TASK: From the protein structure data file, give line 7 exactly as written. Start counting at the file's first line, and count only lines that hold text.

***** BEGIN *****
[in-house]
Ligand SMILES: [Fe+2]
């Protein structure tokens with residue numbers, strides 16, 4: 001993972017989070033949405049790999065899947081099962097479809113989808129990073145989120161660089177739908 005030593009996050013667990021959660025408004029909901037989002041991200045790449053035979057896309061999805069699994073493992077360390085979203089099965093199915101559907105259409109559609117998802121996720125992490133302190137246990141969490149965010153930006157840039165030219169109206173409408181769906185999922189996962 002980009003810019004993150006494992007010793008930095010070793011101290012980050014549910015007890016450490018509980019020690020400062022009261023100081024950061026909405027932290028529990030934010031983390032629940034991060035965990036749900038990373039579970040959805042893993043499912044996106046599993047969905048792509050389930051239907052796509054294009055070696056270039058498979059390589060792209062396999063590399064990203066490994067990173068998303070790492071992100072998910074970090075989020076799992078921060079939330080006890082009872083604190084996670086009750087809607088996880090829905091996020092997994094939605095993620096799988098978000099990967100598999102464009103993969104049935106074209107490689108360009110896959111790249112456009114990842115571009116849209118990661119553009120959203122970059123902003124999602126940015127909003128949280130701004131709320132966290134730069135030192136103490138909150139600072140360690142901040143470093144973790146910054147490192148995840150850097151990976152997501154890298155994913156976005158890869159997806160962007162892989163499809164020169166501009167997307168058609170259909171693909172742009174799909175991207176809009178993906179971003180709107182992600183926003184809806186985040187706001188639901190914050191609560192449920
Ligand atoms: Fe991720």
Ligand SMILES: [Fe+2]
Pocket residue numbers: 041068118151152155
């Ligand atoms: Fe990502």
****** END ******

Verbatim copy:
């Ligand atoms: Fe990502």